A Change of Pace
WRITTEN BY P. ANNE FULGHAM | PHOTOGRAPHY COURTESY OF LEE KARP
Approaching a milestone birthday motivated Lee Karp to make a life-changing decision. Not only did she complete an Ironman competition, she also left a 23-year career in fashion to inspire others to follow their own dreams.
She and husband Steve, an Ironman competitor and Atlanta native, moved from California in 2005. Today, they own Georgia’s first Endurance House franchise, a specialized retail sports store in Alpharetta that caters to runners, walkers, bikers, swimmers and anyone interested in bettering their endurance abilities. Their aim is to inspire others on similar paths, demonstrating the journey to “find your possible” starts with a single step. Reflecting on her own steps to date, Karp quipped, “I’ve traded in my high heels of the fashion world for running pants and running shoes, and haven’t looked back.”
Finding Their Stride
While she now serves as the face of the business, Karp’s passion did not develop overnight.
“Steve has always been athletic, but I never had been,” said the slightly-built brunette. “In fact, I hated physical education classes in school. And even though I was a cheerleader in high school, I had never been happy with my weight.”
Karp, a self-described yo-yo dieter and exerciser, tried everything to stay in shape until she and Steve found a solution that stuck. “In 2009, we found CrossFit, which gave me the encouragement and confidence to do things I never thought possible,” Karp said. “It made all the difference.”
At the time, Karp — still working in fashion retailing for GUESS — and Steve, a project director for a national commercial construction firm, wedged training workouts between their jobs, but by the following year, they had set a goal of running a half-marathon (13.1 miles). The determined couple hired a coach and read the latest books about being physi- cally fit, starting with shorter distances of 5K and 10K events. Karp also consulted a nutritionist to better prepare her for the training. The completion of their first half- marathon in 2010 proved to Karp that she could become a solid athlete.
“Our coach did the Ironman in 2011 and, by that time, we were committed to endurance sports,” Karp said. “Steve and I began training for triathlons – swimming, biking and running. As I approached my 40th birthday, we set a goal of doing the Ironman in Panama City Beach, Fla.”
The duo did half-marathons, sprints, Olympic and half Ironmans around the country in preparation for their goal race, building both skill and endurance. Finally, in November of 2013, they traveled to Panama City Beach to join more than 2,800 people in crossing another milestone off their list.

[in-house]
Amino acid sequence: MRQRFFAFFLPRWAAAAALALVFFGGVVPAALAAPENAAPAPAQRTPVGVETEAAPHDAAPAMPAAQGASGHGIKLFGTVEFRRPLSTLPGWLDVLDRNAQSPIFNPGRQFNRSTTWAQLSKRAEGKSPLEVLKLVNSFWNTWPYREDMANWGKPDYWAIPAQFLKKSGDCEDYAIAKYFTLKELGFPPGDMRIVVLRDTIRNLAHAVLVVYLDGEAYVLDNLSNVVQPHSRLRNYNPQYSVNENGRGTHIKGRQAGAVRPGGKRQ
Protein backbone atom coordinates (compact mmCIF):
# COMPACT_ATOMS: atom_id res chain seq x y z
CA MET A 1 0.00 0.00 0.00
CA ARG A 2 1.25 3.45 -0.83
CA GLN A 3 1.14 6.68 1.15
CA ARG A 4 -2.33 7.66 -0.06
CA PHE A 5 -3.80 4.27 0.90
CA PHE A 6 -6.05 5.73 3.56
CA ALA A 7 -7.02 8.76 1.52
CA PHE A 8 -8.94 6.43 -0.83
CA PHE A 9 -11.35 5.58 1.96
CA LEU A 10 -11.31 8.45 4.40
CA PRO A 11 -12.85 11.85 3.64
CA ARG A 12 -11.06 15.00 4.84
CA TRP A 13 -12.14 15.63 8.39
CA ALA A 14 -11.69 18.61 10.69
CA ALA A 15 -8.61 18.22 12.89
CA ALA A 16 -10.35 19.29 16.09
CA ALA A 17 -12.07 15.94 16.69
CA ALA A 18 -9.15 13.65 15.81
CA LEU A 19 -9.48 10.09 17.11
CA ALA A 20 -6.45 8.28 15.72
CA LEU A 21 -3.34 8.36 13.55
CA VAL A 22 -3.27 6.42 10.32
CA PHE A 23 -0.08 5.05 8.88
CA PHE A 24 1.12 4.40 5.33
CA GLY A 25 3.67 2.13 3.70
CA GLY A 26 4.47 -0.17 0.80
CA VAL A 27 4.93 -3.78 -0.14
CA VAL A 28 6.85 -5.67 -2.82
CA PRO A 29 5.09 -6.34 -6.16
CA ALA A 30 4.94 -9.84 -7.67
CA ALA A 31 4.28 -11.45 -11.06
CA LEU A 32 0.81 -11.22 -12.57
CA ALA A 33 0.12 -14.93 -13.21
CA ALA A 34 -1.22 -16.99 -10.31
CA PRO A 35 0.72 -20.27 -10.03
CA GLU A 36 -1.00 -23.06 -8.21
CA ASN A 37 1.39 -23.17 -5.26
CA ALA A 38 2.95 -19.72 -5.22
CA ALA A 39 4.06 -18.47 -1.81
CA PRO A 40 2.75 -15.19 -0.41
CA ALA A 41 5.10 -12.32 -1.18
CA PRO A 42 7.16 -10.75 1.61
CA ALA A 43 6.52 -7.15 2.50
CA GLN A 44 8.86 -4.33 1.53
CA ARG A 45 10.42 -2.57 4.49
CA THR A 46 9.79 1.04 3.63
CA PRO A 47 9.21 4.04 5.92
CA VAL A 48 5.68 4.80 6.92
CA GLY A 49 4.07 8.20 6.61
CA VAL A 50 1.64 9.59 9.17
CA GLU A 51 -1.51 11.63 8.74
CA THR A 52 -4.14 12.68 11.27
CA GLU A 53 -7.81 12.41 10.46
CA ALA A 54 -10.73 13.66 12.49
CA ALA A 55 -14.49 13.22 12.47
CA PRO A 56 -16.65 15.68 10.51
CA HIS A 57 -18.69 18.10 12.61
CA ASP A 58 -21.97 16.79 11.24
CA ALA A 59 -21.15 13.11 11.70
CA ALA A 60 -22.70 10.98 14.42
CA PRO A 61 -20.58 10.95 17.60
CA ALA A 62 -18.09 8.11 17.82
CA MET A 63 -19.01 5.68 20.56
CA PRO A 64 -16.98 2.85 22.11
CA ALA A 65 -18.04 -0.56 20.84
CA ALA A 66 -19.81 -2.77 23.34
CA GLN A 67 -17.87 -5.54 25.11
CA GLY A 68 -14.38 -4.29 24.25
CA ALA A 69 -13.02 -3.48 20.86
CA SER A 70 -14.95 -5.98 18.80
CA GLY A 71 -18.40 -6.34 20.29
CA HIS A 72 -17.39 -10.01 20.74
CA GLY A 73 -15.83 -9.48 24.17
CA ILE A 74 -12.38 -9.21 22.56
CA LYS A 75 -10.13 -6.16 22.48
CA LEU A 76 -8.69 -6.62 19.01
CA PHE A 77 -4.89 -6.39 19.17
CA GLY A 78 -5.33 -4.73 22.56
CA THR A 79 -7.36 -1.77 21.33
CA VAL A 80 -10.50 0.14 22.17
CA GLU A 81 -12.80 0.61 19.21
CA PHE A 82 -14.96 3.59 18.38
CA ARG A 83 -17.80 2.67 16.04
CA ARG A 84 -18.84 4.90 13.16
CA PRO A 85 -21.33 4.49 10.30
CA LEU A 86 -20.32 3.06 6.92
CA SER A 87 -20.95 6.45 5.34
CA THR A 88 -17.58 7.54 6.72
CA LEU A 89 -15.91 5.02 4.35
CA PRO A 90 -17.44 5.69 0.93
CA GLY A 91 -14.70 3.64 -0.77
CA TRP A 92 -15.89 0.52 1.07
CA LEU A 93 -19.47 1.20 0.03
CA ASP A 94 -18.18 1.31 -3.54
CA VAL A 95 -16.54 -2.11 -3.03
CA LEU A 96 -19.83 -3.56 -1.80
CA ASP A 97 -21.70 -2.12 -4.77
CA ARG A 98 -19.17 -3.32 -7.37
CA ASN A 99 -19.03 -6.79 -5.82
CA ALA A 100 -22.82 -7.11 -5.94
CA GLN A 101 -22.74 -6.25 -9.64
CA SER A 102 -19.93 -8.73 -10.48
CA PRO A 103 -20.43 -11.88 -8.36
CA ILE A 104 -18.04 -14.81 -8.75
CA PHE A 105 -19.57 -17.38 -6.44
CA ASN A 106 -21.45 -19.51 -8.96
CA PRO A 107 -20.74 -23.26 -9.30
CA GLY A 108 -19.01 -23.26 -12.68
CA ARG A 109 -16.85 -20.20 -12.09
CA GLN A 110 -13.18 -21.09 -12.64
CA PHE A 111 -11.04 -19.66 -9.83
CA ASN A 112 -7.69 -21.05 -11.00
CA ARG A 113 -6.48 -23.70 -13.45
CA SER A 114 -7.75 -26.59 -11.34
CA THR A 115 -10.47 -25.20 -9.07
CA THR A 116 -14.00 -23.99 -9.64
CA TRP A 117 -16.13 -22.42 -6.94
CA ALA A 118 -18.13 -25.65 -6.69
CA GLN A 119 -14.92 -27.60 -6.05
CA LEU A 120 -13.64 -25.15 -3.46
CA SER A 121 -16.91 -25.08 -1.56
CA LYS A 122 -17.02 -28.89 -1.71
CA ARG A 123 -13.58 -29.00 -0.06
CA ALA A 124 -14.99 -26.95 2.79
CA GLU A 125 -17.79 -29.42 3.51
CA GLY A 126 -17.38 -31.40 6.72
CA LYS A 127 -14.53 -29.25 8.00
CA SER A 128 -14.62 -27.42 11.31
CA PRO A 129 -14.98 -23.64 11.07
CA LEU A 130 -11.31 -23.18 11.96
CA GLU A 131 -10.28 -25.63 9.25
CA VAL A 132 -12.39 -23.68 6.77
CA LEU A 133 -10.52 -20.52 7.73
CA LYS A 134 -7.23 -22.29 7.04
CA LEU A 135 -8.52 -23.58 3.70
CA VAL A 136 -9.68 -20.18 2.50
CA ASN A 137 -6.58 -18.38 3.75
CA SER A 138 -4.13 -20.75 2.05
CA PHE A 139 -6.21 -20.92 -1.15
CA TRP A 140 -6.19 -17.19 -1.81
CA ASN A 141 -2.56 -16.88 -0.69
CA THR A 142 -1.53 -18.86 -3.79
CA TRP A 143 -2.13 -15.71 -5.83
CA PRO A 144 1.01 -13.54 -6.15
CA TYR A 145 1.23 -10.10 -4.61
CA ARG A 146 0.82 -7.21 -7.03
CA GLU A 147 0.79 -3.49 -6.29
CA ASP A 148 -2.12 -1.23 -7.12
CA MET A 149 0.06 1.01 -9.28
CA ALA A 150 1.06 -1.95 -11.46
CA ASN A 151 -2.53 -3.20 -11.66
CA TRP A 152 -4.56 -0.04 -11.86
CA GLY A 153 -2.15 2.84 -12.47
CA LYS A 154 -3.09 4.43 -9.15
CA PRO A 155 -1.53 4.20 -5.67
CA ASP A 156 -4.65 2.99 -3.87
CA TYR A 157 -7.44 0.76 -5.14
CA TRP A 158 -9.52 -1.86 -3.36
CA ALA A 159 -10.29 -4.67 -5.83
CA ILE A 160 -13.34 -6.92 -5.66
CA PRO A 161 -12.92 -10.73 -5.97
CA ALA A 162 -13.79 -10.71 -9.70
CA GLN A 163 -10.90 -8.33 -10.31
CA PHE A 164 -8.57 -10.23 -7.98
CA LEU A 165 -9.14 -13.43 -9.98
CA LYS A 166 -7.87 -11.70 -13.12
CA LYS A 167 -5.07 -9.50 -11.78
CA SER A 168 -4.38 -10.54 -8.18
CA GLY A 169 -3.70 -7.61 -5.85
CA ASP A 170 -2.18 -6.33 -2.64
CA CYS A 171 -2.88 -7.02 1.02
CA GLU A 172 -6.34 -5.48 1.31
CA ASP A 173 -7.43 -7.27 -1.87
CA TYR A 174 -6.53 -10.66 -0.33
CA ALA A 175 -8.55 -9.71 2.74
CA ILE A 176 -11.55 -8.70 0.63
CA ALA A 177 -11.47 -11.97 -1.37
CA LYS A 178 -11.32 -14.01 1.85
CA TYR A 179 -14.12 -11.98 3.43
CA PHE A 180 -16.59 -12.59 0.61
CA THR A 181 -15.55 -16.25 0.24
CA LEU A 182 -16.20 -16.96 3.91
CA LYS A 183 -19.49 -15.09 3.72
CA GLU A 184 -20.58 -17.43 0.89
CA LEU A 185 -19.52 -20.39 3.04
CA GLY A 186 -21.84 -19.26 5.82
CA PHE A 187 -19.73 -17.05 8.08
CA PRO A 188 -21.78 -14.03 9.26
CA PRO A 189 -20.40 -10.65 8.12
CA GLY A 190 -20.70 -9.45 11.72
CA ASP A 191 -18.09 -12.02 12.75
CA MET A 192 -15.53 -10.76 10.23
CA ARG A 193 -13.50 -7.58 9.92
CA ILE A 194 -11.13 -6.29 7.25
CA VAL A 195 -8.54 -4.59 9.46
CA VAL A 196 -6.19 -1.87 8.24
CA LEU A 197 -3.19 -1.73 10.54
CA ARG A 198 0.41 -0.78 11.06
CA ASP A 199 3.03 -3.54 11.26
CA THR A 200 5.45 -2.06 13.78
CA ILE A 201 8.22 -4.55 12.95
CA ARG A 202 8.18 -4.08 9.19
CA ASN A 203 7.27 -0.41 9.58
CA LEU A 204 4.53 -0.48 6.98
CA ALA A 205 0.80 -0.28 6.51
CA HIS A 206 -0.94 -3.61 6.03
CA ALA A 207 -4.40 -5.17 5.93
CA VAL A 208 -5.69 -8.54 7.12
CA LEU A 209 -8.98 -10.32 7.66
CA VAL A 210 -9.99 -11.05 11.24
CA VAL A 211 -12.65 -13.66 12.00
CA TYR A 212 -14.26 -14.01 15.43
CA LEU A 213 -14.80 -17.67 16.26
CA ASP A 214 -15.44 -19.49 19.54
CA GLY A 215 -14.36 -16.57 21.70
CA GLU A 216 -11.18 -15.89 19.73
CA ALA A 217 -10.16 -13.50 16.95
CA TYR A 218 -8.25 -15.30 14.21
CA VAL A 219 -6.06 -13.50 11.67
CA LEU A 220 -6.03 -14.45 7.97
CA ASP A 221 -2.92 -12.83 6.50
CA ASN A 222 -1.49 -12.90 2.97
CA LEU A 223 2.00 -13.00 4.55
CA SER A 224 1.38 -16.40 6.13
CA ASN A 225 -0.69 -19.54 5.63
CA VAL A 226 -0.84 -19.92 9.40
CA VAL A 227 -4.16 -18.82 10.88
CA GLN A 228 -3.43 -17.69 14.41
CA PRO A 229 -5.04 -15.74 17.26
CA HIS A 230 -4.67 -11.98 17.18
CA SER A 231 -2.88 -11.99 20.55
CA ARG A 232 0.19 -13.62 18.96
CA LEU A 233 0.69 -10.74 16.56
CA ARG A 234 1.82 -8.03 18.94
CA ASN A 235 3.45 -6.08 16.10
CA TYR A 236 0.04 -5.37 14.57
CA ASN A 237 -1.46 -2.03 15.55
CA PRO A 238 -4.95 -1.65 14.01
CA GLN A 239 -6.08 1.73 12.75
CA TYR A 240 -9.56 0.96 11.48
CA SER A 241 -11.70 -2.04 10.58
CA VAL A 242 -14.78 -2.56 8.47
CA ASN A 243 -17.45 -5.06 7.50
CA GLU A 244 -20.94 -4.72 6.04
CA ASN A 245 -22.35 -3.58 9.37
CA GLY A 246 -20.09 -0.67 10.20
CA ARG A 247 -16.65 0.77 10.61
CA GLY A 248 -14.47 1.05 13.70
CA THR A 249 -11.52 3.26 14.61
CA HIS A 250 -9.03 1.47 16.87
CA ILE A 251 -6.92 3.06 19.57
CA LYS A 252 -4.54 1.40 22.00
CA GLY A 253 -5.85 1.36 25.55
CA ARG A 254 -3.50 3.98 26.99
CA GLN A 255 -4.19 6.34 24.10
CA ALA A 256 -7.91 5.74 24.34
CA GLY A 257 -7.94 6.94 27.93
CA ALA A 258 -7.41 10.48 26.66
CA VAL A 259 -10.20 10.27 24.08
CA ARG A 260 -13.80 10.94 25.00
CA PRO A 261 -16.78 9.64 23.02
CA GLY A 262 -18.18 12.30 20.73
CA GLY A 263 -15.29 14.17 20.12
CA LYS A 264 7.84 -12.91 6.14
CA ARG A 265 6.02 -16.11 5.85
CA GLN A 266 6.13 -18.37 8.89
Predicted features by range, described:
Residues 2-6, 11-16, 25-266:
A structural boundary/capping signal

“It was an amazing experience to be out there with people from all over the world – all kinds of people, all ages – professional athletes and just everyday people who enjoy challenging themselves as athletes,” Karp recalled.
The Karps raced at their own paces, with Lee walking at times during the running segment due to a bout with plantar fasciitis.
Keeping in Step
It’s this kind of passion that not only keeps athletes like the Karps going the distance, but also provided the idea for their most recent venture.
“We [noticed] very little infrastructure to support people who wanted to start an endurance sport, especially triathlons,” Karp said. Flipping through Triathlete Magazine one day, they saw an ad for Endurance House.
“It was just what we were looking for: a place where people can ask questions, get advice and interact with other people who have the same goals,” she said.
In early 2013, the Karps reached out to Endurance House International founders and accomplished triathletes Jamie and Tara Osborn of Madison, Wis. “Jamie and Tara are like [us]; their values align with ours and we’re all inter- ested and committed to providing the sup- port, information, resources, education and encouragement to help people reach their athletic goals,” Karp said, adding, “Everything just fit.”
Supporting local athletes as well as each other, the Karps are equal partners in Endurance House, which is more than a retail sporting goods and specialty shoe store. Customers are greeted with personal attention from staff members trying to understand each customer’s fitness pro- gram and ultimate health goals. The Personalized Movement Profile – free to customers – helps analyze walking movements to identify the most appropriate shoe for each person’s unique gait. The store also employs a bicycle fitter for cyclists and tri- athletes.
While continuing to train and com- pete in endurance events is a top priority for the Karps, in their spare time, they also stay active in their church and volunteer throughout the community including the Georgia English Bulldog Rescue group. They own three rescued Bulldogs and an adopted cat.
“We are so incredibly blessed that we both have the same passion about our fit- ness,” Karp said. “And the important thing [is that] we are not professional athletes opening a retail store; we’re business people who are putting everything we’ve learned so far into building our own dream, while at the same time helping people realize theirs.”
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